NATURES BEAUTY - CHAMOMILE

Have you ever suffered through a bout of insomnia and had someone tell you to try drinking a cup of chamomile tea to help you sleep? Chamomile is a daisy-like plant often employed in herbal medicine. Over the centuries as people have used it, chamomile has been touted to treat a wide range of ailments, from hay fever to menstrual cramps to ulcers, hemorrhoids and, of course, insomnia. Your shower gel, shampoo or skin-care lotion may contain chamomile, which is said to treat conditions such as sunburn .....

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NATURES BEAUTY - BARLEY

Barley is one of the oldest domesticated cereal grains still being grown around the world today. It originated in Ethiopia and southeast Asia. It is most often used in bread and malted beverages such as beer (barley beer was likely one of the first alcoholic drinks humans developed). Over the centuries, barley water has been used for various medicinal purposes; it is good for clearing up urinary tract infections and is also said to be a good remedy for kidney stones.

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NATURES BEAUTY - CRANBERRIES

What would our Thanksgiving Day feasts be without cranberries? This staple of our holiday dinner has a long, proud history in the United States. According to the Cranberry Marketing Committee (uscranberries.com), Native Americans used cranberries as a food staple as early as 1550. They ate them fresh and mashed them with cornmeal and baked them into bread. They used maple sugar or honey to sweet them. They also mixed cranberries with wild game and melted fat to make pemmican.

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NATURES BEAUTY - CRANBERRIES

What would our Thanksgiving Day feasts be without cranberries? This staple of our holiday dinner has a long, proud history in the United States. According to the Cranberry Marketing Committee (uscranberries.com), Native Americans used cranberries as a food staple as early as 1550. They ate them fresh and mashed them with cornmeal and baked them into bread. They used maple sugar or honey to sweet them. They also mixed cranberries with wild game and melted fat to make pemmican. They made cranberry poultices to draw poison from arrow wounds and used cranberry juice as a dye.


Cranberries are low, creeping shrubs or vines with slender, wiry stems and small evergreen leaves. German settlers called them crane berries because the blossom resembles the head and neck of a crane. Early New Englanders called them bearberries because bears often ate them (the berries, not the early New Englanders). More than 100 varieties of cranberries grow in North America. They are primarily grown in Wisconsin, Massachusetts, Oregon, Connecticut, Michigan, Minnesota, New York, New Jersey, Rhode Island and Washington. These areas have the special conditions cranberries require, such as sandy soil and abundant fresh water. Cranberries are harvested by flooding the bogs and marshes where they grow with 6 to 8 inches of water. The floating cranberries are then easily scooped up. Most cranberries are processed into juice, sauce and sweetened dried cranberries.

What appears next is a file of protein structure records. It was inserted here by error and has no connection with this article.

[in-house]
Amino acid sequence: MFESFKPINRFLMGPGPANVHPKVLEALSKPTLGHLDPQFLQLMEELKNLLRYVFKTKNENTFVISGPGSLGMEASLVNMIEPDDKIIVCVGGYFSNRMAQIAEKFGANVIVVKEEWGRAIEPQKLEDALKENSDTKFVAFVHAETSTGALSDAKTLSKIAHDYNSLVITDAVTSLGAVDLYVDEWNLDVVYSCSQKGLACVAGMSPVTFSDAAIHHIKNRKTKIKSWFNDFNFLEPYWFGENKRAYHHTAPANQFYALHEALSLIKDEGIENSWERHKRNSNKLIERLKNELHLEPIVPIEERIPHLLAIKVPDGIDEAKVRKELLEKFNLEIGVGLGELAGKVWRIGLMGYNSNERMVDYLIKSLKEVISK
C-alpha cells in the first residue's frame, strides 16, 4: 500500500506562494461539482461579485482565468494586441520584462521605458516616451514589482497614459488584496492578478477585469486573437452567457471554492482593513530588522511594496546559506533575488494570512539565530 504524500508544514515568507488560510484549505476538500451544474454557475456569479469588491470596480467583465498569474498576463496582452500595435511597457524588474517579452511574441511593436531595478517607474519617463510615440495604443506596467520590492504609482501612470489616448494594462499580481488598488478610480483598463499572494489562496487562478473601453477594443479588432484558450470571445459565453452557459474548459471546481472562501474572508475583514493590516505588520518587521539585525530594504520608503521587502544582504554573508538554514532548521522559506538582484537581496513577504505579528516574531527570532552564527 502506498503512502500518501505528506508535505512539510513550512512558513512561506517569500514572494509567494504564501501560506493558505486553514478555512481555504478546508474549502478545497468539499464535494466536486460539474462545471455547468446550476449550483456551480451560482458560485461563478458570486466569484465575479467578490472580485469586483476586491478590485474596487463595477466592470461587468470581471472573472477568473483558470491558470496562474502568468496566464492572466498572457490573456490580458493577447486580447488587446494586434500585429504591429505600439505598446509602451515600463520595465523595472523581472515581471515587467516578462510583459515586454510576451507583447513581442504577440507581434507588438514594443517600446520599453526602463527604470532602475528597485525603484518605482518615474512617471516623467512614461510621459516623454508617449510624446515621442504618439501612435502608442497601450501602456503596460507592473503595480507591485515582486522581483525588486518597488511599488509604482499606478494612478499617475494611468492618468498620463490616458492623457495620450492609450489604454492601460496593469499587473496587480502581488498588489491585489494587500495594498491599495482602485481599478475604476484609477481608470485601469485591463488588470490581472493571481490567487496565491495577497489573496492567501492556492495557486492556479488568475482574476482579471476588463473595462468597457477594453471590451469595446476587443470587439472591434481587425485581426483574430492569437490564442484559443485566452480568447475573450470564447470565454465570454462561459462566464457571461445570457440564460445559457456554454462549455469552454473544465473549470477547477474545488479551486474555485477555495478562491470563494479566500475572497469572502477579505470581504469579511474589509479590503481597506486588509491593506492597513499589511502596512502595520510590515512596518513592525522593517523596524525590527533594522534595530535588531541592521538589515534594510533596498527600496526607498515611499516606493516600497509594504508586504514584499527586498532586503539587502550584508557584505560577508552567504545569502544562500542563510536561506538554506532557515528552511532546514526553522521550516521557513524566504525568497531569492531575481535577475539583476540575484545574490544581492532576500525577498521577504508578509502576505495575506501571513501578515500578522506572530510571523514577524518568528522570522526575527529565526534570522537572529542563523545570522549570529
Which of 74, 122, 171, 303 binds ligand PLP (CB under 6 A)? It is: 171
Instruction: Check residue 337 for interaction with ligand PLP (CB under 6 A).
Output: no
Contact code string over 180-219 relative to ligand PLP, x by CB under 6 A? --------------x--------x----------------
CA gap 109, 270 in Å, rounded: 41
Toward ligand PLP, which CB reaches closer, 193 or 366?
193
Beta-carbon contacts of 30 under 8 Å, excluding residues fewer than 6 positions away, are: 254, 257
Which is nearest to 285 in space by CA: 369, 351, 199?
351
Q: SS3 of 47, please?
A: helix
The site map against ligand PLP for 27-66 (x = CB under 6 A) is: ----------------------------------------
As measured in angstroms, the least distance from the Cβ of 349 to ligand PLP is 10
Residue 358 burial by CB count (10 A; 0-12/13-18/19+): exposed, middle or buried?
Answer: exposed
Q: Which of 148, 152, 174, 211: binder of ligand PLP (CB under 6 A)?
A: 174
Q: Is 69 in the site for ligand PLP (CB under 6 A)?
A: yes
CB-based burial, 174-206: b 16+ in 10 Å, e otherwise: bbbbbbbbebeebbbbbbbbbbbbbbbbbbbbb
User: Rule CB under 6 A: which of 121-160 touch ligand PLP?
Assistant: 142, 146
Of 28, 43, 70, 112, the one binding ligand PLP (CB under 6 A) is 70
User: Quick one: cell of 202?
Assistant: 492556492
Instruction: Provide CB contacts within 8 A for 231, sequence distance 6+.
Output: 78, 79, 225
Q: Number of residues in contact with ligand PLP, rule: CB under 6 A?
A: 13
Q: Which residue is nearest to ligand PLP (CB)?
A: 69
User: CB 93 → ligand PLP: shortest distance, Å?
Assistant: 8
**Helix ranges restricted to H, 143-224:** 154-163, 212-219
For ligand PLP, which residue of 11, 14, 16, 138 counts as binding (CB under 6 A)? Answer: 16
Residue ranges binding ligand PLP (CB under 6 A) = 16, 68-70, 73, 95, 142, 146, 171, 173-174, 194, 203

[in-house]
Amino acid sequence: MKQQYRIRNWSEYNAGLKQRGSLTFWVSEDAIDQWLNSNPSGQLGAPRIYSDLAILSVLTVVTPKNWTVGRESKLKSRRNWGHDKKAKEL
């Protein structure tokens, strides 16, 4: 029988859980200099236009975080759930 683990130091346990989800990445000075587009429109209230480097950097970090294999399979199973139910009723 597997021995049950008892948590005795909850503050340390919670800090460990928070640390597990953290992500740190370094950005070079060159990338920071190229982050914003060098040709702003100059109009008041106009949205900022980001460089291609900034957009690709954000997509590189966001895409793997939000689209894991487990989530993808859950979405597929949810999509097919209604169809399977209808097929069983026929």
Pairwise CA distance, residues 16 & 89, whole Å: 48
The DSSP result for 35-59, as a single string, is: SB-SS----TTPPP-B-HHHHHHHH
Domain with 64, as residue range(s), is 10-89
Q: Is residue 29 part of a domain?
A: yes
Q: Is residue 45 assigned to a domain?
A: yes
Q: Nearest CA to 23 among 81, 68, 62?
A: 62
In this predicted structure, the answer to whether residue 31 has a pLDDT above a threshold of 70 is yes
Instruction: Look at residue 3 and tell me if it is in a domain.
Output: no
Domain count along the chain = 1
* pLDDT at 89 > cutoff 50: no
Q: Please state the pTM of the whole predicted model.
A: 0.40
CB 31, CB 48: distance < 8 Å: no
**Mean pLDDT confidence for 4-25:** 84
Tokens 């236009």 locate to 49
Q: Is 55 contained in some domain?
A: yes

Cranberries may be small, but they are packed with nutrients that offer a variety of health benefits. Cranberries have plenty of antioxidant, anti-inflammatory and anti-cancer traits. Whole cranberries have been shown to protect the cardiovascular system and liver. They are a good source of fiber and vitamins C, A and K.


One controversy surrounding cranberries is the question about their effectiveness in treating or preventing urinary tract infections (UTIs). It is said cranberries help prevent bacteria from attaching to the lining of the urinary tract. A comprehensive review in 2012 of available research concluded there is no evidence that cranberry juice or cranberry extract tablets or capsules are effective in preventing urinary tract infections. The European Food Safety Authority (EFSA) says a cause and effect relationship has not been established between using certain cranberry products and reducing the risk of developing a UTI. Yet another more recent study from 2017 showed cranberry products significantly reduced the incidence of recurring urinary tract infections. These variations probably result from inconsistencies in clinical factors and study methods, says the EFSA. Your best bet is to ask your doctor about using cranberry if you have a UTI.


From salads to relishes to cookies and many other dishes in between (including cocktails), cranberries are very versatile. The cranberry is the state fruit of Wisconsin, which provides over half of the U.S. production of cranberries, making it the nation’s leading cranberry producer. Nov. 23 is Eat a Cranberry Day. Even if you don’t live in the Badger State, it’ll do you good to incorporate cranberries in your daily diet – not just on Nov. 23 (and not just one).

TANYA TYLER

Tanya Tyler is the Editor of Health & Wellness Magazine

more articles by Tanya Tyler